• 2010. Winter, S.E., A.M. Keestra, R.M. Tsolis and A.J. Bäumler. The blessings and curses of intestinal inflammation. Cell Host & Microbe 8:36-43.

  • 2011. Fookes, M., G.N. Schroeder, G. Langridge, C.J. Blondel, C. Mammina, G.S. Vernikos, K.S. Robinson, N.K. Petty, R.A. Kingsley, A.J. Bäumler, S.-P. Nuccio, I. Contreras, C.A. Santiviago, D. Maskell, P. Barrow, T. Humphrey, A. Nastasi, M. Roberts, G. Frankel, J. Parkhill, G. Dougan, N.R. Thomson. Salmonella bongori provides insights into the evolution of the salmonellae. PLOS Pathogens. 7: e1002191.

  • 2011. Thiennimitr, P., S.E. Winter, M.G. Winter, M.N. Xavier, V. Tolstikov, D.L. Huseby, T. Sterzenbach, R.M. Tsolis, J.R. Roth, A.J. Bäumler. Intestinal inflammation allows Salmonella to utilize ethanolamine to compete with the microbiota. Proc. Natl. Acad. Sci. USA. 108:17480-17485.

  • 2011. Keestra, A.M., M.G. Winter, D. Klein-Douwel, M.N. Xavier, S.E. Winter, A. Kim, R.M. Tsolis and A.J. Bäumler. A Salmonella virulence factor activates the Nod1/Nod2 Signaling Pathway. mBIO. 2:e00266-11.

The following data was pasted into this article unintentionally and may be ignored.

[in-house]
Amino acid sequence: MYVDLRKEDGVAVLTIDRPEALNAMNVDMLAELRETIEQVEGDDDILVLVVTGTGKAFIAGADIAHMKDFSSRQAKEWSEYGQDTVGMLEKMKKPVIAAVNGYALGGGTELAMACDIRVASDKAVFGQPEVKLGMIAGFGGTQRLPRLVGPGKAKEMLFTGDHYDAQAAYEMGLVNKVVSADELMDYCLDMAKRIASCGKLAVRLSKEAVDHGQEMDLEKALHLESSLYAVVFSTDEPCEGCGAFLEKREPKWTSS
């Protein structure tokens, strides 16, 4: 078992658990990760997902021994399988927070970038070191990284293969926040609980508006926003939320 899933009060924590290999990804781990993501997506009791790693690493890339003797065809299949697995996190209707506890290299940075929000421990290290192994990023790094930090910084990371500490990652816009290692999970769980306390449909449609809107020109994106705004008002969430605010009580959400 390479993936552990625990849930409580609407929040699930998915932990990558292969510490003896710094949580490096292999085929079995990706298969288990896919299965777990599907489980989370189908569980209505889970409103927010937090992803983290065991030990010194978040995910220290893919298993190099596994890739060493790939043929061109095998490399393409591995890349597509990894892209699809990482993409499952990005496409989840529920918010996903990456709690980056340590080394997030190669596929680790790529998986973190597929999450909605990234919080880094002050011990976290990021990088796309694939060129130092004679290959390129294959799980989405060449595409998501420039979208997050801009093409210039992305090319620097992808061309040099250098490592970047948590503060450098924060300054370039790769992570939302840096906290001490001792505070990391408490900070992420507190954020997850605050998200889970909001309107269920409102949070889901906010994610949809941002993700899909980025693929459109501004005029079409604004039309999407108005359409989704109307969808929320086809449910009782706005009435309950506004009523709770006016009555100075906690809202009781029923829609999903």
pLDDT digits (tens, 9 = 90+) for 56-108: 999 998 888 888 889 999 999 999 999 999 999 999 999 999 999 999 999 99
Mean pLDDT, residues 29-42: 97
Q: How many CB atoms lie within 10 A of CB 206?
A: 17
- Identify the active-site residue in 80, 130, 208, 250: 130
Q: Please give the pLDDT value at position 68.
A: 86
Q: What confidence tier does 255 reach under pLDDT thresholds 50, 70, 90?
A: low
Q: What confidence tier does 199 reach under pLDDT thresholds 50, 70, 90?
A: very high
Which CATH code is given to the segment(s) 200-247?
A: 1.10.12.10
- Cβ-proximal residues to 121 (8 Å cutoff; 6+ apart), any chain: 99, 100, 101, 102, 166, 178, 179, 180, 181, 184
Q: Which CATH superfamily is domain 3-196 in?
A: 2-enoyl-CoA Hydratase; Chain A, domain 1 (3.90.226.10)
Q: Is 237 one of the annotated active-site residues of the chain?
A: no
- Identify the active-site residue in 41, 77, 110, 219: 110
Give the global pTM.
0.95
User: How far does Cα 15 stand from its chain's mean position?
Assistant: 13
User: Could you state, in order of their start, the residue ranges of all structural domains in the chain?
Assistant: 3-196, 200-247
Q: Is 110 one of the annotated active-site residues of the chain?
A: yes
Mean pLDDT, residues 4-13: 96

• 2011. Keestra, A.M. and A.J. Bäumler. Host defenses trigger Salmonella’s arsenal. Cell Host & Microbe. 9:167-168.

  • 2012. Lee, S.-J., J.B McLachlan, J.R. Kurtz, D. Fan, S.E. Winter, A.J. Bäumler, M.K. Jenkins, and S.J. McSorley. Temporal expression of bacterial proteins instructs host CD4 T cell expansion and Th17 development. PLoS Pathogens. 8(1):e1002499. (PMID: 22275869)

  • 2012. Lopez, C.A., S.E. Winter, F. Rivera-Chávez, M.N. Xavier, V. Poon, S.-P. Nuccio, R.M. Tsolis and A.J. Bäumler. Phage-mediated acquisition of a type III secreted effector protein boosts growth of Salmonella by nitrate respiration. mBIO. 3:e00143-12. (PMID: 22691391)

  • 2012. Chu, H., M. Pazgier, G. Jung, S.-P. Nuccio, P.A. Castillo, M.F. de Jong, M.G. Winter, S.E. Winter, J. Wehkamp, B. Shen, N.H. Salzman, M.A. Underwood, R.M. Tsolis, G.M. Young, W. Lu, R.I. Lehrer, A.J. Bäumler, and C.L. Bevins. Human α-defensin 6 promotes mucosal innate immunity through self-assembled peptide nanonets. Science. 337:477-481. (PMID: 22722251)

  • 2012. Crawford, R.W., A.M. Keestra, S.E. Winter, M.N. Xavier, R.M. Tsolis, V. Tolstikov and A.J. Bäumler. Very long O-antigen chains enhance fitness during Salmonella-induced colitis by increasing bile resistance. PLOS Pathogens.  8: e1002918. (PMID: 23028318)

  • 2012. Fang, F.C. and A.J. Bäumler. A Toll gate for typhoid. Cell. 151:473-475.